- Launching/terminating on-demand EC2 instances and access S3 storage:
ecsInstanceRolerole with both
- Grant the Spot Fleet permission to launch/terminate EC2 instances:
AmazonEC2SpotFleetRolerole with both
AWS Batch custom AMI (AB AMI)
This AMI serves as a template for every launched EC2 instance by AWS Batch. While it is possible to use many different instant types (see here), it is recommended to limit our choices to the ones that are compatible with ECS. The exact processor number and memory capacity are not significant at this stage as they are overridden by the Compute Environment at run-time. However, the attached EBS storage needs to be large enough to handle: the docker image, any genomic indices, input files, temp files and output files for any given process.
Once the AMI has started, we need to install
awscli to enable read/write access to S3 storage. In addition, we need to increase the size of the Docker storage to match the size of the docker images to be used in the pipeline (see here). Finally, we need to create an image of this AMI to serve as a template for the ec2 instances launched by AWS Batch.
When creating a Compute Environment, there are two options to consider: 1) the ‘Allowed instance types’: dictated by the hard requirements of our processes and 2) the ‘Provisioning model’ as ‘On-Demand’ vs ‘Spot’: dictated by our budget. In addition, we may specify the minimum and the maximum number of vCPUs. The maximum number of vCPUs is the number of all vCPUs allowed to be launched by the workflow. To get the number of instances that will launch of a given instance type, divide the maximum number by the number of vCPUs of that instance type. The minimum number of vCPUs is what the Compute Environment will maintain at all time, so setting it to zero helps avoid additional costs.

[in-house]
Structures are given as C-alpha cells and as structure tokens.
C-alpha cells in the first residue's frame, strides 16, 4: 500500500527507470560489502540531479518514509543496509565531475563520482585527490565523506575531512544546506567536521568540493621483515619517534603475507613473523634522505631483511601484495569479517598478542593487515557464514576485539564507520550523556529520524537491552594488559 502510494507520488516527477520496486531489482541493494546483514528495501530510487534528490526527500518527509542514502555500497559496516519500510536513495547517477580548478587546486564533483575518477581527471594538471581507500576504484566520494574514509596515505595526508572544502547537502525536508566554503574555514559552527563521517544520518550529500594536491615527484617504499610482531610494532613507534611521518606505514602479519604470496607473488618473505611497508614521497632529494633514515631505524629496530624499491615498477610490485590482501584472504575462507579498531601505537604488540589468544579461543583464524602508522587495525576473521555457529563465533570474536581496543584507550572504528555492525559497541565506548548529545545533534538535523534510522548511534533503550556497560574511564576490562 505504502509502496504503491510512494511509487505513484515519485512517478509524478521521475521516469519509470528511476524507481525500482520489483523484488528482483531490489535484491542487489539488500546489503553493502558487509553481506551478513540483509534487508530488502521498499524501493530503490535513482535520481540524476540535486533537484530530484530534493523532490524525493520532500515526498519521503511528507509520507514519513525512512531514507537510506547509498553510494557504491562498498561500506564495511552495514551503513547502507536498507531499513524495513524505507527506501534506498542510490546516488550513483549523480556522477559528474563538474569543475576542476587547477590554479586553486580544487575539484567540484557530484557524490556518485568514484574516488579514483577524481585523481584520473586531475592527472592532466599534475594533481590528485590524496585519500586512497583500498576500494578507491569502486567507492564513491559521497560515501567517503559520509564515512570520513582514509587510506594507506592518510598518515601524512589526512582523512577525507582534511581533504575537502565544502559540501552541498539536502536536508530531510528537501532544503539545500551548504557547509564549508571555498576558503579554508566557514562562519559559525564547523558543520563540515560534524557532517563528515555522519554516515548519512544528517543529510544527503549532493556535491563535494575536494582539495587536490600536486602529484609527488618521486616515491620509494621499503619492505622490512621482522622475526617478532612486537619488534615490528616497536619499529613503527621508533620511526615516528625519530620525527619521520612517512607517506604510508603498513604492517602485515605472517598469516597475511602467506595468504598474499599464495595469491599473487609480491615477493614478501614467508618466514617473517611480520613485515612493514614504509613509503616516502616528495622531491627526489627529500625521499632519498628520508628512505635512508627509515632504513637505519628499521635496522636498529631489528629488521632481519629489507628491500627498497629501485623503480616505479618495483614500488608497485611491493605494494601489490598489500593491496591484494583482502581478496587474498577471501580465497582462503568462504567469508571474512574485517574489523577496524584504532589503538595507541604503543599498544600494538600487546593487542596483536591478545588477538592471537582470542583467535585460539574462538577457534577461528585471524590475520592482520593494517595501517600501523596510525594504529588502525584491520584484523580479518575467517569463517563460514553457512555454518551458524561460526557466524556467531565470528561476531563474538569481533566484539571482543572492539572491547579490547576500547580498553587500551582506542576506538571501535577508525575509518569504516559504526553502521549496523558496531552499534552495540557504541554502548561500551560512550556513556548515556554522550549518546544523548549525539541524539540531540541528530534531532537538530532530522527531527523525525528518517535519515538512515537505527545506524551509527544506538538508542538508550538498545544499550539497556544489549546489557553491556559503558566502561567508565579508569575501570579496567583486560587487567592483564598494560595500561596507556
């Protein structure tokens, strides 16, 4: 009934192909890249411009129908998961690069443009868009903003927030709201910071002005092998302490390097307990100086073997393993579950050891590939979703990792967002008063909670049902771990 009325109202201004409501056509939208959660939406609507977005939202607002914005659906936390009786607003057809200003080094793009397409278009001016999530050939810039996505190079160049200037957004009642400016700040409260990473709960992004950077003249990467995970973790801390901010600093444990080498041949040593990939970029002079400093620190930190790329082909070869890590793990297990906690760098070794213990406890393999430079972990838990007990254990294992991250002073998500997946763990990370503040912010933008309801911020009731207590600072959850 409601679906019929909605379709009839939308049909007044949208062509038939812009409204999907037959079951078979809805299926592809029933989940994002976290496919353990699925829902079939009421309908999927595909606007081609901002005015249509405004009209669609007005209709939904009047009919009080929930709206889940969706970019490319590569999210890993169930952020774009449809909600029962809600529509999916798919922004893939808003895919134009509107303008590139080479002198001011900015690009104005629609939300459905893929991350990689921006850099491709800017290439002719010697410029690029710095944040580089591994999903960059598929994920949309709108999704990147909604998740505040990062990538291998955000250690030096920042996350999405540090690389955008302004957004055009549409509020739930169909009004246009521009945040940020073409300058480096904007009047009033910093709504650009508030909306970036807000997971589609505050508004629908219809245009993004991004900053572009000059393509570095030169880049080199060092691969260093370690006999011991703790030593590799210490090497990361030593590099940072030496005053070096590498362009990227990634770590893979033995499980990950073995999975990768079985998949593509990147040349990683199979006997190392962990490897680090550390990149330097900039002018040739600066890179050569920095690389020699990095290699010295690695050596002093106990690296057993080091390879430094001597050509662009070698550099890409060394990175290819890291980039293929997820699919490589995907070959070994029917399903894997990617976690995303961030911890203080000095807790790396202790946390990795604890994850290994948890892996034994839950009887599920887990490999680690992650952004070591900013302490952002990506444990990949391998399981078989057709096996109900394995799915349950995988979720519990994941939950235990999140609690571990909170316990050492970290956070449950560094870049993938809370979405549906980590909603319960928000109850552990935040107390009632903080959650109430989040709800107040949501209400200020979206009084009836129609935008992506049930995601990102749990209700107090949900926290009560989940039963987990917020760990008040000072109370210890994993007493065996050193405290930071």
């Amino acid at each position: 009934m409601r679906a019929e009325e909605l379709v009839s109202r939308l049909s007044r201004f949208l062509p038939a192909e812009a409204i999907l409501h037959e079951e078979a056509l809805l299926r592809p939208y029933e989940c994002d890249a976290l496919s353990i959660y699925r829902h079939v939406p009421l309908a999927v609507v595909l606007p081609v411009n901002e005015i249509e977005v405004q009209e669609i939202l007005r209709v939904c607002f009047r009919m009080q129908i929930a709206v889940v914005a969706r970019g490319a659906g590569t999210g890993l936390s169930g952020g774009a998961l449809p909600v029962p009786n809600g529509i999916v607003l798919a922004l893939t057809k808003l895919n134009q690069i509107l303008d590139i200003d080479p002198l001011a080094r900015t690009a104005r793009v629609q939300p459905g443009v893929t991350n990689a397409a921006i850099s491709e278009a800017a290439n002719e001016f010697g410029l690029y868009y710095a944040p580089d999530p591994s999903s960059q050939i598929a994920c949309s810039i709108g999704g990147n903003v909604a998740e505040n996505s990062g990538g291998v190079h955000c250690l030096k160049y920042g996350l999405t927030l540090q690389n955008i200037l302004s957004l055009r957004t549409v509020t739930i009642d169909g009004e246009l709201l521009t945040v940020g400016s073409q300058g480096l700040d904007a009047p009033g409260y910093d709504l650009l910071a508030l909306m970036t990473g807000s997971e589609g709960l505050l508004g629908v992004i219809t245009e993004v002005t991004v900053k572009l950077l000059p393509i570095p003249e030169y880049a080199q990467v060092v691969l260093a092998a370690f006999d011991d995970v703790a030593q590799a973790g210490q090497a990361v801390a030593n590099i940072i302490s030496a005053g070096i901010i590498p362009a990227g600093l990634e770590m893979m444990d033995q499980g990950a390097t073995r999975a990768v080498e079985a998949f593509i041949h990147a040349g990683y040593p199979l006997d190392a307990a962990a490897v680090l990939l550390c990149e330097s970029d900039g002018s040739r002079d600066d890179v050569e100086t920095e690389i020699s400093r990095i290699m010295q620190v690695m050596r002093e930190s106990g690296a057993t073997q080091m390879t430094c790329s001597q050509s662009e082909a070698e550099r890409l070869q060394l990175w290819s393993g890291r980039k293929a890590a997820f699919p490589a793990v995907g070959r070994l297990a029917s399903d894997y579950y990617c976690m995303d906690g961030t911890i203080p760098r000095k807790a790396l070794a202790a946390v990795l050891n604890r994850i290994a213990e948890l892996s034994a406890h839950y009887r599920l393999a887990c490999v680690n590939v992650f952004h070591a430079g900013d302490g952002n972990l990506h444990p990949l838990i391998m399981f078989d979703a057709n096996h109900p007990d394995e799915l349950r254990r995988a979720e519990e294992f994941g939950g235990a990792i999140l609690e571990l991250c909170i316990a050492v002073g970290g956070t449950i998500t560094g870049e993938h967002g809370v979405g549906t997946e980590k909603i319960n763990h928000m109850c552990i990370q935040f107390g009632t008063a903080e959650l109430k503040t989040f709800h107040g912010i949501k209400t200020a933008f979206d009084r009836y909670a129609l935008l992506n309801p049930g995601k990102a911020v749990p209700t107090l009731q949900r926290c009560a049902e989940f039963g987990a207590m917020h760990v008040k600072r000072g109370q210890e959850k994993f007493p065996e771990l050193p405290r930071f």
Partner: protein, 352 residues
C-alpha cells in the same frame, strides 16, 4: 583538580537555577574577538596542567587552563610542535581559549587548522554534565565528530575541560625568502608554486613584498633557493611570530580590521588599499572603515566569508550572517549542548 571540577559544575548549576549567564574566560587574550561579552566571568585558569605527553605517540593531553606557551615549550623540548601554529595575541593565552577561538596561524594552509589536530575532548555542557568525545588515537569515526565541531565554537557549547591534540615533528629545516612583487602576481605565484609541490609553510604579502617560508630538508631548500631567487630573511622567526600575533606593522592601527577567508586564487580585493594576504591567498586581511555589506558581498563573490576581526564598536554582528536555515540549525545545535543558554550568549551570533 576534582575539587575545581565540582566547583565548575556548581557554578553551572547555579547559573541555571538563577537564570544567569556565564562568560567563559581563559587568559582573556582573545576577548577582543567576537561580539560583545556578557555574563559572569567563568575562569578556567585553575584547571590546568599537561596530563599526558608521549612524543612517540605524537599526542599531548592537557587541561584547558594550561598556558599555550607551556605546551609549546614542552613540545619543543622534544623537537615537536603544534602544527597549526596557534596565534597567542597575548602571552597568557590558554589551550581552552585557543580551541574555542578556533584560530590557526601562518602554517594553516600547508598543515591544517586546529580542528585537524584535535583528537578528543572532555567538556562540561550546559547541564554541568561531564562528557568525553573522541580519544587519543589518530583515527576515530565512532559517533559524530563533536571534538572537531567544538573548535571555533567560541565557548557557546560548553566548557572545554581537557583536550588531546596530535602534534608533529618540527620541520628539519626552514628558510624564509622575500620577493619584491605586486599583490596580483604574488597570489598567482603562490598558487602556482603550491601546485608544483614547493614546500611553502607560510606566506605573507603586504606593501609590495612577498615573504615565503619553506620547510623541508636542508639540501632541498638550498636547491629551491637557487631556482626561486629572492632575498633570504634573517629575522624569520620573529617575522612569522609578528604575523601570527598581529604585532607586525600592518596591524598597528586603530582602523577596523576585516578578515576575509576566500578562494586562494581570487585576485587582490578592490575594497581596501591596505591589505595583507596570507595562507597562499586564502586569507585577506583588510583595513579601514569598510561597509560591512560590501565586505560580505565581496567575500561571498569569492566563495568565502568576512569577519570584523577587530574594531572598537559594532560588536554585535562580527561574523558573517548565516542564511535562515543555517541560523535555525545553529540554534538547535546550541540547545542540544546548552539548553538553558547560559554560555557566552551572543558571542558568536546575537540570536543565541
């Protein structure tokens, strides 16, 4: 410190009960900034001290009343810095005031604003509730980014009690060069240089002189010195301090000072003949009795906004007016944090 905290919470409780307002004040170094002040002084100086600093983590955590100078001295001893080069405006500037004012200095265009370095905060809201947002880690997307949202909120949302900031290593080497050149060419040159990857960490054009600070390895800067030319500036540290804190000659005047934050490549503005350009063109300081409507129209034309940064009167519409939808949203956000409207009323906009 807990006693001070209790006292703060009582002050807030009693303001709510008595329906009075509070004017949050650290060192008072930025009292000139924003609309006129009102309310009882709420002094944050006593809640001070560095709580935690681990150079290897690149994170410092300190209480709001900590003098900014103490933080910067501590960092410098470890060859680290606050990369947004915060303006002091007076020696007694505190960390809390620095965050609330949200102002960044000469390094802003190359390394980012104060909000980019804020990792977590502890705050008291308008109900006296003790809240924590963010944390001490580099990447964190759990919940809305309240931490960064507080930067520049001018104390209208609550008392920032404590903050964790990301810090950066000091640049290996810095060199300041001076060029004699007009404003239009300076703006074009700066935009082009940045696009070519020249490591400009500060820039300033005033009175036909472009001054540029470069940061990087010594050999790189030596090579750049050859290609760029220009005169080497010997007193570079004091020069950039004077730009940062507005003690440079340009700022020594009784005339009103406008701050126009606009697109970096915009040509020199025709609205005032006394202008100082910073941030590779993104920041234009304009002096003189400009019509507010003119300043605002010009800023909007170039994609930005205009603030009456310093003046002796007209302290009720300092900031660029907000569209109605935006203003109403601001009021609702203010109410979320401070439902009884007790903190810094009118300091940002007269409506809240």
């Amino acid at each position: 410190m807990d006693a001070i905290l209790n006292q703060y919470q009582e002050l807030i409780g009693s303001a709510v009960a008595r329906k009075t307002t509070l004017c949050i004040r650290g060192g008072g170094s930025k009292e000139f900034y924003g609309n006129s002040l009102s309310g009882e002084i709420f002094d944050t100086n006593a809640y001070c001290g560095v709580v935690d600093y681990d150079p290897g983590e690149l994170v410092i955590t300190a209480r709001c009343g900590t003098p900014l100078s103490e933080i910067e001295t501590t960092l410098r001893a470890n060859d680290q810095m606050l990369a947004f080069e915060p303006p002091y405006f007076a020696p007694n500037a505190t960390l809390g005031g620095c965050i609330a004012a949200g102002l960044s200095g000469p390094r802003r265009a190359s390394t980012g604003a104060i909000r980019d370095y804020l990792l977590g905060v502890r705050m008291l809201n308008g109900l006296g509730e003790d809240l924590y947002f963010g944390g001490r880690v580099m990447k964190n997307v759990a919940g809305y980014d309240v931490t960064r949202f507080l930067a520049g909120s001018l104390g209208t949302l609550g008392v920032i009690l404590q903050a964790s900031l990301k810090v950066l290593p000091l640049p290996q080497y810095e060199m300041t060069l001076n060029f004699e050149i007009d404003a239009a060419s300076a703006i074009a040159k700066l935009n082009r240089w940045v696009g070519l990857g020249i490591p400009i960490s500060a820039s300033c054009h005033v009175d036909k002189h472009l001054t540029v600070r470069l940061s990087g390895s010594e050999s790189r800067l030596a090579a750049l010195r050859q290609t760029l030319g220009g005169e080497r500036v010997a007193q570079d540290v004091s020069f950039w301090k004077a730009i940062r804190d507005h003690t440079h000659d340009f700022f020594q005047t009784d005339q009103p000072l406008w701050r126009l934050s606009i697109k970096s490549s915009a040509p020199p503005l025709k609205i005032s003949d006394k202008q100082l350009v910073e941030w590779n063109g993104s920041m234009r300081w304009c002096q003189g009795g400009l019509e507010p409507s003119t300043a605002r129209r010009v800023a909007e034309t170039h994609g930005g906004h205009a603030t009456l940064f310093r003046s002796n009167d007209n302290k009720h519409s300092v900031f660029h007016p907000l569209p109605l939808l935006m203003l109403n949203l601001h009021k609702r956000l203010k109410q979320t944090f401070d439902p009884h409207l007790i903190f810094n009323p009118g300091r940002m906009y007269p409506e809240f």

Each Job Queue can be connected to one or more Compute Environments. In addition, specifying the ‘Priority’ enables the distribution of higher priority jobs to multiple Compute Environment.
NextFlow AMI (NF AMI)
Although Nextflow supports scheduling jobs on the AWS Batch while running locally, it is not ideal for large workflows as it requires a constant connection for the duration of the workflow which could be hours to days. One possibility is to create a NextFlow job submission EC2 instance with a persistent EBS. This instance can be configured with NextFlow along with other productivity tools such as aws-cli, git, tmux, neovim, etc.
The final step of this setup is to configure NextFlow to work with AWS Batch. For this, we need to create a profile where the
awsbatch. In addition, we need to configure the options for
access credentials, and the
container to be used in each of the submitted processes.
This post provided an overview of how AWS Batch works and how to leverage it for running NextFlow pipelines in the cloud. It reflects my personal experience using the AWS Batch to run Genomic NextFlow pipelines in the cloud. For specific step-by-step guide, one can check the AWS Batch User Guide, and the NextFlow documentation. For reference, my configuration can be found in my dedicated Github repository here.